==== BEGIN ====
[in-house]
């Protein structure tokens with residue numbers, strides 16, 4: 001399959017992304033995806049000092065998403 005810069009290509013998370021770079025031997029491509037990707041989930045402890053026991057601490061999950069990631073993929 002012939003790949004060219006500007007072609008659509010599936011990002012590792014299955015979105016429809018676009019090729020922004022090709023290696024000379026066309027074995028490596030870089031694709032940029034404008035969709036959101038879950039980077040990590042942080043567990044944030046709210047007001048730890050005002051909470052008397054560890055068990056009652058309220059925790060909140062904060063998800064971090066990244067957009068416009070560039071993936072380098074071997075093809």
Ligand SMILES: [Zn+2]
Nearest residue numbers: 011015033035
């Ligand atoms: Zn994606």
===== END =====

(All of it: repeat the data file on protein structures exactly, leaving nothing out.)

[in-house]
């Protein structure tokens with residue numbers, strides 16, 4: 001399959017992304033995806049000092065998403 005810069009290509013998370021770079025031997029491509037990707041989930045402890053026991057601490061999950069990631073993929 002012939003790949004060219006500007007072609008659509010599936011990002012590792014299955015979105016429809018676009019090729020922004022090709023290696024000379026066309027074995028490596030870089031694709032940029034404008035969709036959101038879950039980077040990590042942080043567990044944030046709210047007001048730890050005002051909470052008397054560890055068990056009652058309220059925790060909140062904060063998800064971090066990244067957009068416009070560039071993936072380098074071997075093809």
Ligand SMILES: [Zn+2]
Nearest residue numbers: 011015033035
């Ligand atoms: Zn994606």